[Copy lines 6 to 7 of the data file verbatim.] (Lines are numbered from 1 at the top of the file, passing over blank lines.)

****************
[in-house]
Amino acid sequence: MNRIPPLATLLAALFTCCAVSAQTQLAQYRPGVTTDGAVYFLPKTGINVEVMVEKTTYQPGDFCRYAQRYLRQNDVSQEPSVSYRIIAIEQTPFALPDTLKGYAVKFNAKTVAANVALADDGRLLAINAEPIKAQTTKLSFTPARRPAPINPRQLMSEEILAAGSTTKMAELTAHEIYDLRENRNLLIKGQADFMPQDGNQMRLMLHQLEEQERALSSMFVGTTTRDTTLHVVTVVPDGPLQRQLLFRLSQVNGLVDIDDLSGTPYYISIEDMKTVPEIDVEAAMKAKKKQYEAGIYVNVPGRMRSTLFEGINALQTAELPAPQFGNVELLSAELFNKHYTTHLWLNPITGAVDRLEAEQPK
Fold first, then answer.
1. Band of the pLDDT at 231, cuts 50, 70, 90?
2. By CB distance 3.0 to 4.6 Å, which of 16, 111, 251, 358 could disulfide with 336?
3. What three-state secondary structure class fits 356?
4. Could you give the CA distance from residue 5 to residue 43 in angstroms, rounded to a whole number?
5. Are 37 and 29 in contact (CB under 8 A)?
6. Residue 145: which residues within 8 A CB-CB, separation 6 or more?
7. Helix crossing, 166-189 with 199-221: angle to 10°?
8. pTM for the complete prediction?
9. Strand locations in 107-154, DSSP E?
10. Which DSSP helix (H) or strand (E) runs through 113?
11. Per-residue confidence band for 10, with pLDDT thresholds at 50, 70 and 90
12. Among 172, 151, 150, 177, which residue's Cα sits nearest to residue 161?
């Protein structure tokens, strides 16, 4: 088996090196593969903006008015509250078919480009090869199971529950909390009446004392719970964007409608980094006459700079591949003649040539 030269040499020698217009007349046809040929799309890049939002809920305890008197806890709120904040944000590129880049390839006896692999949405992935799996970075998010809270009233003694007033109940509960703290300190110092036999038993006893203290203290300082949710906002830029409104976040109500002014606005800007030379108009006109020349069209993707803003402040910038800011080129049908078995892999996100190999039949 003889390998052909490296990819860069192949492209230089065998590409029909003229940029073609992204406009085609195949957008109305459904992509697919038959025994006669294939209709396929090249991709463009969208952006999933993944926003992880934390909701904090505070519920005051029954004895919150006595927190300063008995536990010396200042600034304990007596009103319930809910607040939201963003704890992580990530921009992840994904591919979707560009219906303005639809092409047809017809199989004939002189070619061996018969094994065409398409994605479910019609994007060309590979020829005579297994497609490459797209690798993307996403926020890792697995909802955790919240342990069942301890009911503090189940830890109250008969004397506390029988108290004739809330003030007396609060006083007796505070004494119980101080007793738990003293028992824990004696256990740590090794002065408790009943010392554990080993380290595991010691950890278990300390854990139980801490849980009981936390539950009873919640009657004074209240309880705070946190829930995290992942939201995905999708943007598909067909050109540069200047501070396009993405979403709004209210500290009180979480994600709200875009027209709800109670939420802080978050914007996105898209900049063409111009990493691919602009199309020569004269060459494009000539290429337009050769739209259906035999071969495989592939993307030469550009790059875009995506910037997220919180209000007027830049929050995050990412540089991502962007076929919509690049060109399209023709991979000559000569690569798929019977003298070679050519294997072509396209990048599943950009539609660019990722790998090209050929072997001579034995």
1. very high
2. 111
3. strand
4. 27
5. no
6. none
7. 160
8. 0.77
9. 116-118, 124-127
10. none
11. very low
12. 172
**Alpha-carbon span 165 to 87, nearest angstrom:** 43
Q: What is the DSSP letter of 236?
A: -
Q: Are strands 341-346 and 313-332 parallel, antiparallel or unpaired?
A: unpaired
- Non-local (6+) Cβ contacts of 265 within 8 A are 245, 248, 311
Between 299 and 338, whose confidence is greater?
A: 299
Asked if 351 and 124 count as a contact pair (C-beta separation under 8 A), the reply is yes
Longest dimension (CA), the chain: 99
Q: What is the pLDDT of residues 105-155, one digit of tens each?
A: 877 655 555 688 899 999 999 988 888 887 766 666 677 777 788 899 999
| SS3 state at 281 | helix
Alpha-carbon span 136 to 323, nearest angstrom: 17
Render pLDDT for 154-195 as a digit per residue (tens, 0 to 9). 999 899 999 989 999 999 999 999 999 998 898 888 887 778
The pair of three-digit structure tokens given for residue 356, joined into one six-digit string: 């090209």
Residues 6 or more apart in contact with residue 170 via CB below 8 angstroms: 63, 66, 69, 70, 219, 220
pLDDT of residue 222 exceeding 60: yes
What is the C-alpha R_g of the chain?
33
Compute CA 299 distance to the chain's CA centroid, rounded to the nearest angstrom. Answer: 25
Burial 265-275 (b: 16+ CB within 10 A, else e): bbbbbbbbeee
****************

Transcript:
3. What three-state secondary structure class fits 356?
4. Could you give the CA distance from residue 5 to residue 43 in angstroms, rounded to a whole number?